IP Ping works one way but not the other.  Cableing question.

knightforce777
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I have a couple of computers on my network which cannot be reached by a simple 'ping' command.
(All firewalls are off.)

They are able to ping everything on the network, and recieve their DHCP from the DC with no problem.  In fact, they are in use constantly and function without any problems.

However, I can not get any ping response from them.

I have narrowed down the 'problem' computers to this:  They are all connected to recent cable drops, and I must confess that I ran the cables myself.

My question is this:

Is it possible for an incorrect wiring to cause this?  I assumed that bad wiring would either fail completely, or cause packet storms.

I consitantly used T568B wiring conventions.  If anyone can give me some pointers on what I may have done wrong, I would appreciate it.

Thanks!!

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It's probably not likely that bad wiring is causing this problem.

-Check for an IP address conflict.
-Check the default gateway and SNM settings to make sure they are correct.

Let me know what you find there, and I'll try and help further.

Ira @ KVR

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Commented:
Thanks for the quick response.

I have already checked for IP conflicts, and all gateway, mask, and other DHCP settings.

In fact, I watched as the DHCP server handed out the new addresses for these machines.

This is all in one (remote) office, and, as i mentioned, this issue is not causing any user problems at all.

It is acting just as if the XP firewall was turned on -- but it's not.  And since it seems to be workstations that are located at new drops,...

Oh well... if you have any further ideas, I look forward to them.  Stumped.....

Thanks!!!!

I guess it could be cabling related. I do remember a professor in college constantly saying "80% of networking issues are cable related" ... but it doesn't seem like that would be the problem, since you're clearly aware of the T568B protocol.. and you mentioned that the nodes work perfectly except for ping.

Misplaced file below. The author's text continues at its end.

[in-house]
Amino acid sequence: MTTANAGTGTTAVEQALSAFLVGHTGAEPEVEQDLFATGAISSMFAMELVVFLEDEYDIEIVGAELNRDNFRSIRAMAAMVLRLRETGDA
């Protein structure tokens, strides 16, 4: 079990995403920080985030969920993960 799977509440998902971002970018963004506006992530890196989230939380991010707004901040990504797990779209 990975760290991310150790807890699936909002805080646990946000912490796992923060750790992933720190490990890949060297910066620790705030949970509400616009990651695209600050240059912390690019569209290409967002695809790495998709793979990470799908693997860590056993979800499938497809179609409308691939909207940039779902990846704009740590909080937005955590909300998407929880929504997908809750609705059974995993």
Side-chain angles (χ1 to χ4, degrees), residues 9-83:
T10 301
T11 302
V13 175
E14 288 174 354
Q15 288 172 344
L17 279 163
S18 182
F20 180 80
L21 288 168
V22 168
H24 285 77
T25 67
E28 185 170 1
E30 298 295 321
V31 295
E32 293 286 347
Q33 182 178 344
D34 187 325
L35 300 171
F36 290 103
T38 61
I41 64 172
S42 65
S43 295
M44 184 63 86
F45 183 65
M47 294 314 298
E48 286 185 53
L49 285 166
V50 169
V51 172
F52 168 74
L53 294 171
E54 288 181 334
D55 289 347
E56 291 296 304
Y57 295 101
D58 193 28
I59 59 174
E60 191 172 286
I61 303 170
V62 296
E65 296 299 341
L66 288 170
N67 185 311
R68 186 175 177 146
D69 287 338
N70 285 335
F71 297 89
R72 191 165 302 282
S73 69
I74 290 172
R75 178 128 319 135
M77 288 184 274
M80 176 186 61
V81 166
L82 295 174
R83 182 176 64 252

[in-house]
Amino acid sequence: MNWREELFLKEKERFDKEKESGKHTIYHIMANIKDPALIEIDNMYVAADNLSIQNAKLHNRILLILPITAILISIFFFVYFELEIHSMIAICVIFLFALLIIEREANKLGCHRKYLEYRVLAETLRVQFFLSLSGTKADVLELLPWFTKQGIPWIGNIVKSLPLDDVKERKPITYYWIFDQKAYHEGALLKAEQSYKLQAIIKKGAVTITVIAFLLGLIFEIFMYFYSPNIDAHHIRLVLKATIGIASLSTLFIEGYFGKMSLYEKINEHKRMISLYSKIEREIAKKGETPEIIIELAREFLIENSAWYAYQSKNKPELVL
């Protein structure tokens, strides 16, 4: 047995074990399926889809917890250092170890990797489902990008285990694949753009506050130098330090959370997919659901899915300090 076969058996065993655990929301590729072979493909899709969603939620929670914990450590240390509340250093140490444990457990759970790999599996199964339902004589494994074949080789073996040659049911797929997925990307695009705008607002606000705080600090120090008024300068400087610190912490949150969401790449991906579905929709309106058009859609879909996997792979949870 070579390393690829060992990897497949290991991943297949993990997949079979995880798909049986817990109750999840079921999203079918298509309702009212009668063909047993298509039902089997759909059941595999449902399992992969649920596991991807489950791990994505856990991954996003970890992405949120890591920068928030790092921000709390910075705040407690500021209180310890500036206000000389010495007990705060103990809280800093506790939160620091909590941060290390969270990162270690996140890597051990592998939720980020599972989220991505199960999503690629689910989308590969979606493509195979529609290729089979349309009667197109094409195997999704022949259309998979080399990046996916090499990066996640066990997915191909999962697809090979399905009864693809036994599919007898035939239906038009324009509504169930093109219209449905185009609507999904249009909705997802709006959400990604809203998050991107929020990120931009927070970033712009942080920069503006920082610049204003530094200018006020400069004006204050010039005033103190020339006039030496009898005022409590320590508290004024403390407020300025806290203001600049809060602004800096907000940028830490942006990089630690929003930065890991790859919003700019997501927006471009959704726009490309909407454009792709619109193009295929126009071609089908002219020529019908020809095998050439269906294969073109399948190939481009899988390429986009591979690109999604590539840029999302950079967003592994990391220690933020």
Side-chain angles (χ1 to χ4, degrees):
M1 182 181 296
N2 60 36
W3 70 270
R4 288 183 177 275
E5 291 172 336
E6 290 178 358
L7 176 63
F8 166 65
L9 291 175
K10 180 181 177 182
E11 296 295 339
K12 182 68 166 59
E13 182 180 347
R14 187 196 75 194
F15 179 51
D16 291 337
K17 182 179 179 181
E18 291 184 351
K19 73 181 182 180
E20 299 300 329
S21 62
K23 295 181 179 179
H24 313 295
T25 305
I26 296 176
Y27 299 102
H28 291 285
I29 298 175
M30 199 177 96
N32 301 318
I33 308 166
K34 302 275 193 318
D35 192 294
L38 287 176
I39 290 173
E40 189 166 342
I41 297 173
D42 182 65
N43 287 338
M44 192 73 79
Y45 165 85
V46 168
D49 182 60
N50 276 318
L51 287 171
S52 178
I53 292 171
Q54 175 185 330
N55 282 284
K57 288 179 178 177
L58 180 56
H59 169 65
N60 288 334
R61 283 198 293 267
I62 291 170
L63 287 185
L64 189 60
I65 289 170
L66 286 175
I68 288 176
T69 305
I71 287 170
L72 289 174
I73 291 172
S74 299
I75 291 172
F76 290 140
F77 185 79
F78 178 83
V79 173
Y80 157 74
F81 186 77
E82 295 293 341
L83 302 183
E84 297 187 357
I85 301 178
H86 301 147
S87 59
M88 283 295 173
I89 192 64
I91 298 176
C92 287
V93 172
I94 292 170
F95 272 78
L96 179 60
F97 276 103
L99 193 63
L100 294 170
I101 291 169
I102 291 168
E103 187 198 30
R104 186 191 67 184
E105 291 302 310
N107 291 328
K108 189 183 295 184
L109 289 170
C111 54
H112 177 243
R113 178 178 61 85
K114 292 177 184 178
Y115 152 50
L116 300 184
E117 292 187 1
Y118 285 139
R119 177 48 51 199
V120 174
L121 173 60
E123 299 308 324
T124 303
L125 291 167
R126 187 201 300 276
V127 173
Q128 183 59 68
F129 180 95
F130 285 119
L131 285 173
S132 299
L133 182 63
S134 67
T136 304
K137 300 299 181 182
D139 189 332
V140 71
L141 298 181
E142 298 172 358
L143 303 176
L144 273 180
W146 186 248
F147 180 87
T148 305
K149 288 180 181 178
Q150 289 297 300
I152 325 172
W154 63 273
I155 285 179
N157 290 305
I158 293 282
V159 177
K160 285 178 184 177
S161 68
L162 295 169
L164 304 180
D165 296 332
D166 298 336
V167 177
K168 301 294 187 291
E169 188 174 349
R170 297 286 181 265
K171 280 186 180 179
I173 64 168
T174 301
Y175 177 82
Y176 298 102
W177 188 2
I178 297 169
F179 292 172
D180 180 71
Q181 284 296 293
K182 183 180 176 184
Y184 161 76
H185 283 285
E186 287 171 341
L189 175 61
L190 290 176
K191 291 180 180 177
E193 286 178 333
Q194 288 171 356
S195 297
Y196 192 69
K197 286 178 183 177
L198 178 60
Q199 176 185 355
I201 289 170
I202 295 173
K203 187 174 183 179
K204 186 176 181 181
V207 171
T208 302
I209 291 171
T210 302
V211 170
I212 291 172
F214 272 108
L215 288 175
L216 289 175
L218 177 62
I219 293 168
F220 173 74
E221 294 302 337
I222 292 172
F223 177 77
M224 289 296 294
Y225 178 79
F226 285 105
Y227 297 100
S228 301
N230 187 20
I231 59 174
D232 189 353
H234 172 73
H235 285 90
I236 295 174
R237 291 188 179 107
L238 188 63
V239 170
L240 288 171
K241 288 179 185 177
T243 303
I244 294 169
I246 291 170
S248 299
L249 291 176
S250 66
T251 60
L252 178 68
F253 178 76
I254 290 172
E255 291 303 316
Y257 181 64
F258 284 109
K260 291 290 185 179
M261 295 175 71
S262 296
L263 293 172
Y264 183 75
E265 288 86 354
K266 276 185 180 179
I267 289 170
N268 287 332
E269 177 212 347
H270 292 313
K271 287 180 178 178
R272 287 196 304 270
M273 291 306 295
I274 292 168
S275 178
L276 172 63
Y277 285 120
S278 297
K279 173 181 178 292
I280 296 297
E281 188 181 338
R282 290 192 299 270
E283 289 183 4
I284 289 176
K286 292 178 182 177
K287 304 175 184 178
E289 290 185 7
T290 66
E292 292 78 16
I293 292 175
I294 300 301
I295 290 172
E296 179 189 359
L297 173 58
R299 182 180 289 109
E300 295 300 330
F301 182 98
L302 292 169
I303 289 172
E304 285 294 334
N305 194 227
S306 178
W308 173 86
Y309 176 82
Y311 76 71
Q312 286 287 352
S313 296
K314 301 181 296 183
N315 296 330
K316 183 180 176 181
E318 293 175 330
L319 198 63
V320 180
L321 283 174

Can you ping by computer name? Do they have anything like Norton Security installed? Does the data path go through any Cisco devices?
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Commented:
If a PING works one way then there is two way comms, there HAS to be a firewall involved unless there are two hosts on the same IP (very unlikely as they would detect each other quickly).  a PING reaponse requires machineA to talk to machine B and a packet to get back to machine A again.  If that is working then ip, subnet mask, gateways and everything else which it passes through can be seen to be right.

Do they by any chance have something like Norton installed which has firewall built in?

Author

Commented:
I will check to see if there is some other, unknown firewall present.

Two of the boxed are straight from Dell, and who knows what crap they may have installed in them (norton, mcafee???)

There are not Cisco products or anything else between them.  They are using a simple unmanaged Linsys switch.

Thanks!!
Yeah, I'd try a random laptop that you know functions correctly.. that way you could rule out the cables.

I'd bet something is blocking ICMP.

Let me know, now I'm curious.

Ira @ KVR

Commented:
It simply can't be cables as there is two way comms as PING works already one way.  It will be a software firewall, 99:1.

Author

Commented:
I have confirmed with another computer that the wiring is fine.

I'm going to try 9tommorow) and uninstall or disable any of the security programs that came bundled with them and see if that helps.

Thanks all.

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